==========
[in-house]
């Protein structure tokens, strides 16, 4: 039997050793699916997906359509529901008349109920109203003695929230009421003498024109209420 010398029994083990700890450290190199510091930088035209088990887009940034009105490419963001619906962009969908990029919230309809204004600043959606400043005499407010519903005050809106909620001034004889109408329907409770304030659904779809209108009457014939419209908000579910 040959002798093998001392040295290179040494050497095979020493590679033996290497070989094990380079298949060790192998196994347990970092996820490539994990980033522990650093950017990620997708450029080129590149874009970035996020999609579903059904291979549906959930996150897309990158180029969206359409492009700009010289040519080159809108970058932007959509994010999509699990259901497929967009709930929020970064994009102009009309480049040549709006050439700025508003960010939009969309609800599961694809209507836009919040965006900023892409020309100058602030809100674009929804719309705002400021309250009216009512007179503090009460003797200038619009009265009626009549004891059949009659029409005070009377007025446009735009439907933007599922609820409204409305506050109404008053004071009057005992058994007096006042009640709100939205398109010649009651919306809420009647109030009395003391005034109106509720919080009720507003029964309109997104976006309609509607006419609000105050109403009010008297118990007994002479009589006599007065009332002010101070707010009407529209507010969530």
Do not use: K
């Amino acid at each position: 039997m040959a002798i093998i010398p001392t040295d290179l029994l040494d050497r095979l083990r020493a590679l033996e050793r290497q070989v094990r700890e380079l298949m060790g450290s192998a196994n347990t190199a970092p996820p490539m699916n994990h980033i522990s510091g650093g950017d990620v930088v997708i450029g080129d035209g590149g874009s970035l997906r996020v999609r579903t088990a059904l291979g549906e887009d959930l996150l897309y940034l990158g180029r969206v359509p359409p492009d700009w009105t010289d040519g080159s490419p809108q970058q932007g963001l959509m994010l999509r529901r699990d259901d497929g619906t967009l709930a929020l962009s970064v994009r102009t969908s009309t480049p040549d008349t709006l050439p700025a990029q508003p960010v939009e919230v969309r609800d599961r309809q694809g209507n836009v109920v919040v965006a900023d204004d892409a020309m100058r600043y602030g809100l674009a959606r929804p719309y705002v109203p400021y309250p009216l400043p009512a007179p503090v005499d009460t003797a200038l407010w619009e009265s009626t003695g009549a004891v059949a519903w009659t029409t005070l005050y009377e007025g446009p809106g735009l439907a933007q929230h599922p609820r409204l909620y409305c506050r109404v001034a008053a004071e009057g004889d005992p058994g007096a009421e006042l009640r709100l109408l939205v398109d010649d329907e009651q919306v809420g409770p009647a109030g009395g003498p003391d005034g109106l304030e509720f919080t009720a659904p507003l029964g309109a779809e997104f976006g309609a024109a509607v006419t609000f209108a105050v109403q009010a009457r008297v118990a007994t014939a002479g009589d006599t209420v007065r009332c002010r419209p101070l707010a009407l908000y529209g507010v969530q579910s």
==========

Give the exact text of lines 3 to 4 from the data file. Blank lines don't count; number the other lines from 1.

Do not use: K
């Amino acid at each position: 039997m040959a002798i093998i010398p001392t040295d290179l029994l040494d050497r095979l083990r020493a590679l033996e050793r290497q070989v094990r700890e380079l298949m060790g450290s192998a196994n347990t190199a970092p996820p490539m699916n994990h980033i522990s510091g650093g950017d990620v930088v997708i450029g080129d035209g590149g874009s970035l997906r996020v999609r579903t088990a059904l291979g549906e887009d959930l996150l897309y940034l990158g180029r969206v359509p359409p492009d700009w009105t010289d040519g080159s490419p809108q970058q932007g963001l959509m994010l999509r529901r699990d259901d497929g619906t967009l709930a929020l962009s970064v994009r102009t969908s009309t480049p040549d008349t709006l050439p700025a990029q508003p960010v939009e919230v969309r609800d599961r309809q694809g209507n836009v109920v919040v965006a900023d204004d892409a020309m100058r600043y602030g809100l674009a959606r929804p719309y705002v109203p400021y309250p009216l400043p009512a007179p503090v005499d009460t003797a200038l407010w619009e009265s009626t003695g009549a004891v059949a519903w009659t029409t005070l005050y009377e007025g446009p809106g735009l439907a933007q929230h599922p609820r409204l909620y409305c506050r109404v001034a008053a004071e009057g004889d005992p058994g007096a009421e006042l009640r709100l109408l939205v398109d010649d329907e009651q919306v809420g409770p009647a109030g009395g003498p003391d005034g109106l304030e509720f919080t009720a659904p507003l029964g309109a779809e997104f976006g309609a024109a509607v006419t609000f209108a105050v109403q009010a009457r008297v118990a007994t014939a002479g009589d006599t209420v007065r009332c002010r419209p101070l707010a009407l908000y529209g507010v969530q579910s």